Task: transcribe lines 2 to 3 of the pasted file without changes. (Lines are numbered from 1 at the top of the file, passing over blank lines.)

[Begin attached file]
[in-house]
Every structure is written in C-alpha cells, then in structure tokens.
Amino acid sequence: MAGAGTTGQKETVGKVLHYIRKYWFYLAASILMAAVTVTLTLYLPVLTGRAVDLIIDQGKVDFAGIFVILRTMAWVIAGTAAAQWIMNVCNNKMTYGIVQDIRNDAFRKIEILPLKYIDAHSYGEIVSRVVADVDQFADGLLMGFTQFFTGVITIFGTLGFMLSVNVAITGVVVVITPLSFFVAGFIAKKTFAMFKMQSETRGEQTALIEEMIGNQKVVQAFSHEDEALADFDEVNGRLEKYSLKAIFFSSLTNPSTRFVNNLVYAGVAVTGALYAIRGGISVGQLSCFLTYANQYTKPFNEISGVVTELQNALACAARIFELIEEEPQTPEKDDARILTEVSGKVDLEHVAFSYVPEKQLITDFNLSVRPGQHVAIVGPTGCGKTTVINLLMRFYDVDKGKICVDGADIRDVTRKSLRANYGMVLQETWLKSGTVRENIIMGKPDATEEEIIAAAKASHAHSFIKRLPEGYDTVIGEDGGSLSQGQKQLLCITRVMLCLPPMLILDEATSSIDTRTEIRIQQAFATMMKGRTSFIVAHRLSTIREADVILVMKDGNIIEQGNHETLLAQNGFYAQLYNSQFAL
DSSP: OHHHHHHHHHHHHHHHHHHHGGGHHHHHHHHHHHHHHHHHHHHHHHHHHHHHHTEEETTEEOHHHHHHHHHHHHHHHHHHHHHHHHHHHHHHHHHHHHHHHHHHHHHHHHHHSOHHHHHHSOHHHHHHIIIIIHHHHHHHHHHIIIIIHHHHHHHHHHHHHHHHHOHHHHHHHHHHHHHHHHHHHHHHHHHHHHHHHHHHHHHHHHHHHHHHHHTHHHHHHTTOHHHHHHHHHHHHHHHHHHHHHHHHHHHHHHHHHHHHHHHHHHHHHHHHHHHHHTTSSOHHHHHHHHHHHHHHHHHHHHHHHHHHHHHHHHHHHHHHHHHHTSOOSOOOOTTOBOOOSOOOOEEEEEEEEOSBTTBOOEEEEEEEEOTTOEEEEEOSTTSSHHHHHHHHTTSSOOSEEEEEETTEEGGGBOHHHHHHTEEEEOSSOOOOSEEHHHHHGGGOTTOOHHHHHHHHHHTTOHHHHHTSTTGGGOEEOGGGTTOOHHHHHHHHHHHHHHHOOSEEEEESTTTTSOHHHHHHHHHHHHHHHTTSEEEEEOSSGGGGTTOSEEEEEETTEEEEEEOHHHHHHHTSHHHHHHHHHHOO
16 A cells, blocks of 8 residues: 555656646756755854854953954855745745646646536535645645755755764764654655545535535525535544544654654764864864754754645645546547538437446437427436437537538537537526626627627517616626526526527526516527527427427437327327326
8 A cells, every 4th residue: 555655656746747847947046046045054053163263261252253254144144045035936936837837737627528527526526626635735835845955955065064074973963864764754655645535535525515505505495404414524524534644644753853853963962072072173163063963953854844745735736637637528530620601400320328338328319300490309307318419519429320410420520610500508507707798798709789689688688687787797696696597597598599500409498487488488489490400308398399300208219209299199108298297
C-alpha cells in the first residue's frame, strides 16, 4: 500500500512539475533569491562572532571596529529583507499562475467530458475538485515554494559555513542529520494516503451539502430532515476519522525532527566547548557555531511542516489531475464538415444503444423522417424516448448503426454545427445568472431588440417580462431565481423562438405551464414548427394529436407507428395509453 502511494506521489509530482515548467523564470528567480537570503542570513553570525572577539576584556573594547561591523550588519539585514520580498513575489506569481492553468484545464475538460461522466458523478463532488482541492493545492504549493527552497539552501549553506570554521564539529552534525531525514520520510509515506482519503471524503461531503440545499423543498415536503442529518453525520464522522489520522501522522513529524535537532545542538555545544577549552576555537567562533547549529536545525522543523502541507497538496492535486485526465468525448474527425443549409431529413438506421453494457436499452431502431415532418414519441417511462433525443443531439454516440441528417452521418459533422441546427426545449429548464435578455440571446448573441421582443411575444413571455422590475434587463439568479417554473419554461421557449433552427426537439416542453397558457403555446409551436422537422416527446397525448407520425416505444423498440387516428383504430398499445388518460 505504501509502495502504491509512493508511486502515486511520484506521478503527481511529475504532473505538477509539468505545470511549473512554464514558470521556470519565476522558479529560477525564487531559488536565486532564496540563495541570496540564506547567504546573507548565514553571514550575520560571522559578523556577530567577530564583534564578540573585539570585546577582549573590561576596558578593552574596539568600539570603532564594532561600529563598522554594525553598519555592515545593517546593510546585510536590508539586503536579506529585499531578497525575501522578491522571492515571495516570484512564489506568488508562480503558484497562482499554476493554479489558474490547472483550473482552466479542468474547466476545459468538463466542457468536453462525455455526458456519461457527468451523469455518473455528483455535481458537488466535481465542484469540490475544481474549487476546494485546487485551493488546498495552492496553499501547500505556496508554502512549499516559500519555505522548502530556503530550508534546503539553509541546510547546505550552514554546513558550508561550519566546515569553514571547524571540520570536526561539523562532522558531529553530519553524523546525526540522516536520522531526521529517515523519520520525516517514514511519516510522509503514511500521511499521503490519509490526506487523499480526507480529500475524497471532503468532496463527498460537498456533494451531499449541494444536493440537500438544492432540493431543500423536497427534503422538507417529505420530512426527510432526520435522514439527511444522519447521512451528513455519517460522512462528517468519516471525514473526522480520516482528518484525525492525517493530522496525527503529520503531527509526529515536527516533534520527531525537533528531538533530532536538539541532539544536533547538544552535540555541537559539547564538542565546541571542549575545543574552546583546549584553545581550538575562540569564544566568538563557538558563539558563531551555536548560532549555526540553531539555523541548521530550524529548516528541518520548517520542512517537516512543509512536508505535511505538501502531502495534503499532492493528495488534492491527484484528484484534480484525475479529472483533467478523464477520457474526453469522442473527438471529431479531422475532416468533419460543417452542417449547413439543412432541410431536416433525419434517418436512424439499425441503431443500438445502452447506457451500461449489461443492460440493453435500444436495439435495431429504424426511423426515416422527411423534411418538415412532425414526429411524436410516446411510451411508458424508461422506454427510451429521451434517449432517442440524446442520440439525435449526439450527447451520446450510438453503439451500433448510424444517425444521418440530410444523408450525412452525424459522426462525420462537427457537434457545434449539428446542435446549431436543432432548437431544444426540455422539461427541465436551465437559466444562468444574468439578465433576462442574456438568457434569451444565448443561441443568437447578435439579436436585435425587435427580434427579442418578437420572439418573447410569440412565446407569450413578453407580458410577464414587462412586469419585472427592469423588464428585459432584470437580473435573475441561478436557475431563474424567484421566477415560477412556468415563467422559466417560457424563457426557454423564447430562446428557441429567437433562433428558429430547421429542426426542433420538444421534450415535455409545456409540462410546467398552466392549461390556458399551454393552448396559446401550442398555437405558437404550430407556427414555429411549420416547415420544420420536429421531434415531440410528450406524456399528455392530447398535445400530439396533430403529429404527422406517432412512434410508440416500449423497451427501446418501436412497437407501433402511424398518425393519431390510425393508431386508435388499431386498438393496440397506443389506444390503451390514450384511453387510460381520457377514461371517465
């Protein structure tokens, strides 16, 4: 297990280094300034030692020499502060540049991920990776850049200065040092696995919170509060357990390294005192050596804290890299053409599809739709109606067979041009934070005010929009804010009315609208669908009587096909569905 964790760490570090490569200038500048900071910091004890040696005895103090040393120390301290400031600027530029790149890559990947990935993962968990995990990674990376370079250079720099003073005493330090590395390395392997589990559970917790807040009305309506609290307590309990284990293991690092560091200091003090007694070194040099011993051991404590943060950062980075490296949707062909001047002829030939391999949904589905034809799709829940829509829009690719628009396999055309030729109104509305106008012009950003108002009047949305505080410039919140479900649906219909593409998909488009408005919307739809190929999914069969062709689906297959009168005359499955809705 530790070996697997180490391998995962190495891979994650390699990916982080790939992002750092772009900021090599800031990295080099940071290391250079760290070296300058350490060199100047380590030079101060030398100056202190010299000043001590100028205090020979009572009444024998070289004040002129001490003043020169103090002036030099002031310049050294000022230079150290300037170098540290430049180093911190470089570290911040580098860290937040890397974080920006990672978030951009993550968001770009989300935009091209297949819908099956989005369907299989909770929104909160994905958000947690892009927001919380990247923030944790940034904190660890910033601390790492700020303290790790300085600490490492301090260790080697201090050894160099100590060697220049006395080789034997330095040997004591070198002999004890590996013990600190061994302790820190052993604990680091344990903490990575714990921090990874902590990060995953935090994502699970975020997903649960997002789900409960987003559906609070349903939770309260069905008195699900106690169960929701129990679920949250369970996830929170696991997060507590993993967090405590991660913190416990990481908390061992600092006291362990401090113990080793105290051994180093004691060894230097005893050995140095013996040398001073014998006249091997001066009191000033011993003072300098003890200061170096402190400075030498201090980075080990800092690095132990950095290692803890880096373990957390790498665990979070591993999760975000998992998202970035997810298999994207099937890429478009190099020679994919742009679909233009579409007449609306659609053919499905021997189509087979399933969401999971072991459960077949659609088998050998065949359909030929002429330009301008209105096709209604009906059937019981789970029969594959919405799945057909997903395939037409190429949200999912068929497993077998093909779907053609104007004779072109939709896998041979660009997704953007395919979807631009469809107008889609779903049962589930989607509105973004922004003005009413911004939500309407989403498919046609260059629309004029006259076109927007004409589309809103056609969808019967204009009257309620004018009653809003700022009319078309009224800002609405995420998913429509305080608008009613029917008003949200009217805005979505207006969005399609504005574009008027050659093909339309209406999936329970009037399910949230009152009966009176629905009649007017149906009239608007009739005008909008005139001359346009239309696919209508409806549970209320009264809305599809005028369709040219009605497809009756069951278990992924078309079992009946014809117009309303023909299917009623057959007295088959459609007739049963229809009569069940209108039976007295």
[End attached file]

Every structure is written in C-alpha cells, then in structure tokens.
Amino acid sequence: MAGAGTTGQKETVGKVLHYIRKYWFYLAASILMAAVTVTLTLYLPVLTGRAVDLIIDQGKVDFAGIFVILRTMAWVIAGTAAAQWIMNVCNNKMTYGIVQDIRNDAFRKIEILPLKYIDAHSYGEIVSRVVADVDQFADGLLMGFTQFFTGVITIFGTLGFMLSVNVAITGVVVVITPLSFFVAGFIAKKTFAMFKMQSETRGEQTALIEEMIGNQKVVQAFSHEDEALADFDEVNGRLEKYSLKAIFFSSLTNPSTRFVNNLVYAGVAVTGALYAIRGGISVGQLSCFLTYANQYTKPFNEISGVVTELQNALACAARIFELIEEEPQTPEKDDARILTEVSGKVDLEHVAFSYVPEKQLITDFNLSVRPGQHVAIVGPTGCGKTTVINLLMRFYDVDKGKICVDGADIRDVTRKSLRANYGMVLQETWLKSGTVRENIIMGKPDATEEEIIAAAKASHAHSFIKRLPEGYDTVIGEDGGSLSQGQKQLLCITRVMLCLPPMLILDEATSSIDTRTEIRIQQAFATMMKGRTSFIVAHRLSTIREADVILVMKDGNIIEQGNHETLLAQNGFYAQLYNSQFAL